Anu Malik fails to impress with 'Umrao Jaan'

Oct 16, 2006 Zafri Mudasser Nofil

The mention of "Umrao Jaan" brings to mind Rekha performing to Khayyam's immortal compositions - "Dil cheez kya hai", "In ankhon ki masti" and "Yeh kya jageh hai doston".

With Khayyam's composition in the 1981 original still holding sway, expectations from Anu Malik for the latest Aishwarya-starred remake are even higher.

The new "Umrao Jaan" is no doubt Malik's most important task to date.

And his job is made tougher as he does not even have someone of Asha Bhosle's calibre to help him out.

With too much in the asking, Malik ends up doing a not-so-great job - not that his work can be ignored, but it fails to touch the heights of Khayyam.

The album starts with the brief "Ek toote huye dil ki" by Alka Yagnik that expresses the melancholy of the courtesan Umrao Jaan.

There is a foreword by lyricist Javed Akhtar about Umrao Jaan, her songs and on 19th century Lucknow.

"Salaam", a hum-able mujra by Yagnik, is really the high point of the album. But the singer lacks the depth of Bhosle's voice and is unable to value-add to the well-written track.

Yagnik then sings "Pehle pehel", another number that has strong lyrics, but otherwise nothing extraordinary.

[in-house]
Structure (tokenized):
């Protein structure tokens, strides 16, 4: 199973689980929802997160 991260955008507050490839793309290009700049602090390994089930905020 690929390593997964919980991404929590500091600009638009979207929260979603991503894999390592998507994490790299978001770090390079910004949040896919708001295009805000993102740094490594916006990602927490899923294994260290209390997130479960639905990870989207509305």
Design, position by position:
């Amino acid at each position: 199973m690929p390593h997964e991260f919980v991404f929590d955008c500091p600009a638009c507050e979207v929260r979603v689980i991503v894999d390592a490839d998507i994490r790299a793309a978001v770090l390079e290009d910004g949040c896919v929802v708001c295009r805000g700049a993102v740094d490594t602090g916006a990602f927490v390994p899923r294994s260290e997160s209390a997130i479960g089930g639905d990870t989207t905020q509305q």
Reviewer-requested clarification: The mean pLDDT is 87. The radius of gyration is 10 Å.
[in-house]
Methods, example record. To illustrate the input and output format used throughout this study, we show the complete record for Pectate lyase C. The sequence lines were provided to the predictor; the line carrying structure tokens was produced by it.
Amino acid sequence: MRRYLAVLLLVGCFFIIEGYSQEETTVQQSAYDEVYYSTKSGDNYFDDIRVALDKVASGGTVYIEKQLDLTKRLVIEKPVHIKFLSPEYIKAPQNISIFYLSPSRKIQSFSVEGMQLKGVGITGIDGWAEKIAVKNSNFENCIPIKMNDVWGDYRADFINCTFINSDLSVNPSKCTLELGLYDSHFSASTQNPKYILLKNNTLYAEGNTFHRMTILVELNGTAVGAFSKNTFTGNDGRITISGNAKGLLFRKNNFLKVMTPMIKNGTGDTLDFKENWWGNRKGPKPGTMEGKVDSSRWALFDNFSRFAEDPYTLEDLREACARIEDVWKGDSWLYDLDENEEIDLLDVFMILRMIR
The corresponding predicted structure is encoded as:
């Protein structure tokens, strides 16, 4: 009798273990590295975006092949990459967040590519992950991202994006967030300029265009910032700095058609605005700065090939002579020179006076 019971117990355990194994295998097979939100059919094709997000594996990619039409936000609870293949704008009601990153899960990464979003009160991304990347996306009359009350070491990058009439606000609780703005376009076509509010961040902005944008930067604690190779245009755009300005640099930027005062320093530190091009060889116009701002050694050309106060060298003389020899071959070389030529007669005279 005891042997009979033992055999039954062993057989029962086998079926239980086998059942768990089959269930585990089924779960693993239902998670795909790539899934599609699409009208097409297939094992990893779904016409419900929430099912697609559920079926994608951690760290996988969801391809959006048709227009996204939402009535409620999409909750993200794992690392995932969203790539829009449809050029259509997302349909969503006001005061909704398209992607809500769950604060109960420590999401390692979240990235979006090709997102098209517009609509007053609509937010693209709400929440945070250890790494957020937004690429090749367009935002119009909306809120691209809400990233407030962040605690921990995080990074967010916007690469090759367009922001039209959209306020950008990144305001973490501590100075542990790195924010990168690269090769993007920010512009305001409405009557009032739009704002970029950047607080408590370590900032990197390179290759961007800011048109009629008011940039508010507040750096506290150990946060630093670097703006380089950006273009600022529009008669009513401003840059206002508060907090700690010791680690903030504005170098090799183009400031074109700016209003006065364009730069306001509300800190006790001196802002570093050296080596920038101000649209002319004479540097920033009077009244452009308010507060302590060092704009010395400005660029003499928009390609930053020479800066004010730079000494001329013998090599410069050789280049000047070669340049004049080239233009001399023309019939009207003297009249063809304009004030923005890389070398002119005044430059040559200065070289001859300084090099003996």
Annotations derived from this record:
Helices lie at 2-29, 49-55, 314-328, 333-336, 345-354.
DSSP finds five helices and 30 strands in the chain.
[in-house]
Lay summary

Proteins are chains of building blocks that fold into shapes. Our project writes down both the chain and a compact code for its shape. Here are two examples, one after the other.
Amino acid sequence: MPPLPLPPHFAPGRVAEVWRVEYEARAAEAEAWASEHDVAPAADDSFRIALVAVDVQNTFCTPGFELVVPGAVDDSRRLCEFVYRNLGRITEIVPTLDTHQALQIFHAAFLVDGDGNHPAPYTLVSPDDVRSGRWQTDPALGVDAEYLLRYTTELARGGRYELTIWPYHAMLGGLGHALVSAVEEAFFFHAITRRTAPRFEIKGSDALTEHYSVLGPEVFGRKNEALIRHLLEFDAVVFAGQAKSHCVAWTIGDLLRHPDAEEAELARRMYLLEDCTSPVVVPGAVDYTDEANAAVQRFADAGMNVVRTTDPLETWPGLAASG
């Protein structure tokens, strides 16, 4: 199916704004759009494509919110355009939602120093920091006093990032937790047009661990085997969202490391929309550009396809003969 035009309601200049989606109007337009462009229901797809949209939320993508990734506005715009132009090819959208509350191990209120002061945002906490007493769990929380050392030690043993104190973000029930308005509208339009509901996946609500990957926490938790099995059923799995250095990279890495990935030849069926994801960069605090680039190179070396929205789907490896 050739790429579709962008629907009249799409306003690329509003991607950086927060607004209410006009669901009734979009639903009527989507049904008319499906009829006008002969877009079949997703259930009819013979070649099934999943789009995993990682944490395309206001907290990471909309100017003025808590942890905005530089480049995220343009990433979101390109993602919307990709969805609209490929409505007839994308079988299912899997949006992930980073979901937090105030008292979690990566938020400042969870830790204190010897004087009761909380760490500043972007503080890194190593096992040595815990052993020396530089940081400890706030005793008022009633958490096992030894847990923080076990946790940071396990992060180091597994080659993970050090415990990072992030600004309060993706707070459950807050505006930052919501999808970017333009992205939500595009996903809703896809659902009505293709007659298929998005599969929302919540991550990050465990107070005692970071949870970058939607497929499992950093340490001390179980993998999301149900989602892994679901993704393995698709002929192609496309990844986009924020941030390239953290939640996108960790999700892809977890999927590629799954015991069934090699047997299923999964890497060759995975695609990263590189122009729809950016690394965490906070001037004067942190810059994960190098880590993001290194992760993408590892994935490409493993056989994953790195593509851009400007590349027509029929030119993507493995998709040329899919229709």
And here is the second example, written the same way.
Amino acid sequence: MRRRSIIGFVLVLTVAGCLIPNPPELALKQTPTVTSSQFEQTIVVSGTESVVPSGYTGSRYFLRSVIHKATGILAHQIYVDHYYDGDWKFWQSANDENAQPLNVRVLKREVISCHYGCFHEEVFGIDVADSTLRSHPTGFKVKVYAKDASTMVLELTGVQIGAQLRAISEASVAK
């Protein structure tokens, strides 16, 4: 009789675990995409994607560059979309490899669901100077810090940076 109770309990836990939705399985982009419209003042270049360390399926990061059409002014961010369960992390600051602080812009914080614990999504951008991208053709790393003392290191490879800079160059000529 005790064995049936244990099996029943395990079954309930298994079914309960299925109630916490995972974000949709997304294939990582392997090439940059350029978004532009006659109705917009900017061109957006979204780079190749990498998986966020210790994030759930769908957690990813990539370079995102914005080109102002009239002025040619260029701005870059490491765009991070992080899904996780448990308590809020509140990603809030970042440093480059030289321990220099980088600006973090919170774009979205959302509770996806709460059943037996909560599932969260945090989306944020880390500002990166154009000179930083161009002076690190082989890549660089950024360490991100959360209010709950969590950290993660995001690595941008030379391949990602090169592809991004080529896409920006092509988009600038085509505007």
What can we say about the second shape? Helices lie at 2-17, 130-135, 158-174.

Listen to "Jhute ilzam" by Yagnik and it seems one is listening to an improvised version of the Madan Mohan classic of yesteryears - "Yun hasrato ke daag" from film "Adalat".

"Agle janam mohe bitiya" by Richa Sharma is a sad song of a woman who prays to god not to bless her with a daughter in her next birth.

Malik's daughter Anmol makes her playback singing' debut by crooning "Agle janam mohe bitiya" again. However, the rawness in her voice gives a different touch to the number.

"Main na mil saku jo tumse" is a tragic song expressing Umrao Jaan's feelings if she is unable to meet her love again.

"Behka diya humein" is the only duet of the film. Sung by Sonu Nigam and Yagnik, the love song banks on some great lyrics by Akhtar.

The album ends with "Pooch rahe hai", a mujra that tells the tale of a woman who is in love.

Malik has sort of made a comeback this year from a brief slumber and composed music in two other films already released - "Zindaggi Rocks" and "Jaan-E-Man" - with nothing great to be talked and written about.

In "Umrao Jaan", he tries his hand on the classical genre - not generally his cup of tea. Though he had given some good slow numbers like "Sandese aate hai" ("Border") and "Paiyalle chun mun chun mun" ("Virasat"), he is certainly not one to match Khayyam.

So his efforts in "Umrao Jaan" are likely to end up with lukewarm response from music connoisseurs but may record a few sales from the curious. And in that case, he should only thank Khayyam and, of course, Rekha for those immortal numbers from the original.

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